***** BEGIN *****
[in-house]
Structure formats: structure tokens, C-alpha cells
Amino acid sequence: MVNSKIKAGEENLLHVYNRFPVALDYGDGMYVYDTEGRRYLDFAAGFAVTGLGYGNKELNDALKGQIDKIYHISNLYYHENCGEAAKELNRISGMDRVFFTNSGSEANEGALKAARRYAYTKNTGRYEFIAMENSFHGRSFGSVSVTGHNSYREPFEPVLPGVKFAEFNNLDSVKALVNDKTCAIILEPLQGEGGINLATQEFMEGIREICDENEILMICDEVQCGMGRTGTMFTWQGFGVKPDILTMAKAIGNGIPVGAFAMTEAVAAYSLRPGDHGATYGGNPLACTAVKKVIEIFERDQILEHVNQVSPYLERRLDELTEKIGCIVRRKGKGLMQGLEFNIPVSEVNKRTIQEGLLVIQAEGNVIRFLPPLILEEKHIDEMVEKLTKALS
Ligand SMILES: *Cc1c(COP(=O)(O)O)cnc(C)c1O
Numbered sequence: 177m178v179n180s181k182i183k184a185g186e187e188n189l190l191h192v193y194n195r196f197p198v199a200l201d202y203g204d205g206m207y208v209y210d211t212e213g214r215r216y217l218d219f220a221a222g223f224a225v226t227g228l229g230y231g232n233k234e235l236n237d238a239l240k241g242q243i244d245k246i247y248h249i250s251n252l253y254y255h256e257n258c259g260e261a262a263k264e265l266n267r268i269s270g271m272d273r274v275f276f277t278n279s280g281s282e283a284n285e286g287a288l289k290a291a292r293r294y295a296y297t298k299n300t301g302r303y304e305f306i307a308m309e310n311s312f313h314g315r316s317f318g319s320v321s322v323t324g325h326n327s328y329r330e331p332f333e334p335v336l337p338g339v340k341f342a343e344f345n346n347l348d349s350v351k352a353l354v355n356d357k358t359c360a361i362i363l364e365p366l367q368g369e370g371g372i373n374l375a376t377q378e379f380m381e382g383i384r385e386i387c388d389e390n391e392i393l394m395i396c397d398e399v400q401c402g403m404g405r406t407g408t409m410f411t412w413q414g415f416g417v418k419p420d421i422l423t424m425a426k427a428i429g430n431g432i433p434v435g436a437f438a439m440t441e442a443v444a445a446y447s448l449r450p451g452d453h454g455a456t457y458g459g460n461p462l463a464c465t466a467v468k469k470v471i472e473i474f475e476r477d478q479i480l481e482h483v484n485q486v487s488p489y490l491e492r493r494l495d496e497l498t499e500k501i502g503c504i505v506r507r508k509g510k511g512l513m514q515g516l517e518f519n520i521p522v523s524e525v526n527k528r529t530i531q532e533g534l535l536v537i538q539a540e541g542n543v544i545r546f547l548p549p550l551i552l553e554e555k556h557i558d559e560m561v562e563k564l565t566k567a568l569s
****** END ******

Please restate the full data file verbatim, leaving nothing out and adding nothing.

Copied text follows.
[in-house]
Structure formats: structure tokens, C-alpha cells
Amino acid sequence: MVNSKIKAGEENLLHVYNRFPVALDYGDGMYVYDTEGRRYLDFAAGFAVTGLGYGNKELNDALKGQIDKIYHISNLYYHENCGEAAKELNRISGMDRVFFTNSGSEANEGALKAARRYAYTKNTGRYEFIAMENSFHGRSFGSVSVTGHNSYREPFEPVLPGVKFAEFNNLDSVKALVNDKTCAIILEPLQGEGGINLATQEFMEGIREICDENEILMICDEVQCGMGRTGTMFTWQGFGVKPDILTMAKAIGNGIPVGAFAMTEAVAAYSLRPGDHGATYGGNPLACTAVKKVIEIFERDQILEHVNQVSPYLERRLDELTEKIGCIVRRKGKGLMQGLEFNIPVSEVNKRTIQEGLLVIQAEGNVIRFLPPLILEEKHIDEMVEKLTKALS
Ligand SMILES: *Cc1c(COP(=O)(O)O)cnc(C)c1O
Numbered sequence: 177m178v179n180s181k182i183k184a185g186e187e188n189l190l191h192v193y194n195r196f197p198v199a200l201d202y203g204d205g206m207y208v209y210d211t212e213g214r215r216y217l218d219f220a221a222g223f224a225v226t227g228l229g230y231g232n233k234e235l236n237d238a239l240k241g242q243i244d245k246i247y248h249i250s251n252l253y254y255h256e257n258c259g260e261a262a263k264e265l266n267r268i269s270g271m272d273r274v275f276f277t278n279s280g281s282e283a284n285e286g287a288l289k290a291a292r293r294y295a296y297t298k299n300t301g302r303y304e305f306i307a308m309e310n311s312f313h314g315r316s317f318g319s320v321s322v323t324g325h326n327s328y329r330e331p332f333e334p335v336l337p338g339v340k341f342a343e344f345n346n347l348d349s350v351k352a353l354v355n356d357k358t359c360a361i362i363l364e365p366l367q368g369e370g371g372i373n374l375a376t377q378e379f380m381e382g383i384r385e386i387c388d389e390n391e392i393l394m395i396c397d398e399v400q401c402g403m404g405r406t407g408t409m410f411t412w413q414g415f416g417v418k419p420d421i422l423t424m425a426k427a428i429g430n431g432i433p434v435g436a437f438a439m440t441e442a443v444a445a446y447s448l449r450p451g452d453h454g455a456t457y458g459g460n461p462l463a464c465t466a467v468k469k470v471i472e473i474f475e476r477d478q479i480l481e482h483v484n485q486v487s488p489y490l491e492r493r494l495d496e497l498t499e500k501i502g503c504i505v506r507r508k509g510k511g512l513m514q515g516l517e518f519n520i521p522v523s524e525v526n527k528r529t530i531q532e533g534l535l536v537i538q539a540e541g542n543v544i545r546f547l548p549p550l551i552l553e554e555k556h557i558d559e560m561v562e563k564l565t566k567a568l569s